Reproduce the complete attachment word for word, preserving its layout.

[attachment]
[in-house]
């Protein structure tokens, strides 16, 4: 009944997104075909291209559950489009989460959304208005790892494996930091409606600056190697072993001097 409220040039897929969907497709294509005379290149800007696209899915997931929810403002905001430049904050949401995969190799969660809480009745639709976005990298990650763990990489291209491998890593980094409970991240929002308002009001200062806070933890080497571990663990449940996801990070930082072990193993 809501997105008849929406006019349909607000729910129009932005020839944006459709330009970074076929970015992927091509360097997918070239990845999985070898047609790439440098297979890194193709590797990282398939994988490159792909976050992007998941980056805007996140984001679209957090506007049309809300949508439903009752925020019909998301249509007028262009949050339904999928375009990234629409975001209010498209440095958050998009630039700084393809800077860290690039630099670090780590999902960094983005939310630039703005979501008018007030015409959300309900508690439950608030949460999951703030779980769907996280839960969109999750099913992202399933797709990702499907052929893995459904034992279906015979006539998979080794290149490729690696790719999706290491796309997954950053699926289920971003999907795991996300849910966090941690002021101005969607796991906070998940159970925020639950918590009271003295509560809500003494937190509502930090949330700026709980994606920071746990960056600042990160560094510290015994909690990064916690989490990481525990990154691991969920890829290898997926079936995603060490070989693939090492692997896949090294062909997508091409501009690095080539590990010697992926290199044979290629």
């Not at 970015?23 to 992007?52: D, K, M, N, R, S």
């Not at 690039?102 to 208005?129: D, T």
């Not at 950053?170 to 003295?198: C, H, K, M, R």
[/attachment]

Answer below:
[in-house]
């Protein structure tokens, strides 16, 4: 009944997104075909291209559950489009989460959304208005790892494996930091409606600056190697072993001097 409220040039897929969907497709294509005379290149800007696209899915997931929810403002905001430049904050949401995969190799969660809480009745639709976005990298990650763990990489291209491998890593980094409970991240929002308002009001200062806070933890080497571990663990449940996801990070930082072990193993 809501997105008849929406006019349909607000729910129009932005020839944006459709330009970074076929970015992927091509360097997918070239990845999985070898047609790439440098297979890194193709590797990282398939994988490159792909976050992007998941980056805007996140984001679209957090506007049309809300949508439903009752925020019909998301249509007028262009949050339904999928375009990234629409975001209010498209440095958050998009630039700084393809800077860290690039630099670090780590999902960094983005939310630039703005979501008018007030015409959300309900508690439950608030949460999951703030779980769907996280839960969109999750099913992202399933797709990702499907052929893995459904034992279906015979006539998979080794290149490729690696790719999706290491796309997954950053699926289920971003999907795991996300849910966090941690002021101005969607796991906070998940159970925020639950918590009271003295509560809500003494937190509502930090949330700026709980994606920071746990960056600042990160560094510290015994909690990064916690989490990481525990990154691991969920890829290898997926079936995603060490070989693939090492692997896949090294062909997508091409501009690095080539590990010697992926290199044979290629």
């Not at 970015?23 to 992007?52: D, K, M, N, R, S």
């Not at 690039?102 to 208005?129: D, T």
């Not at 950053?170 to 003295?198: C, H, K, M, R």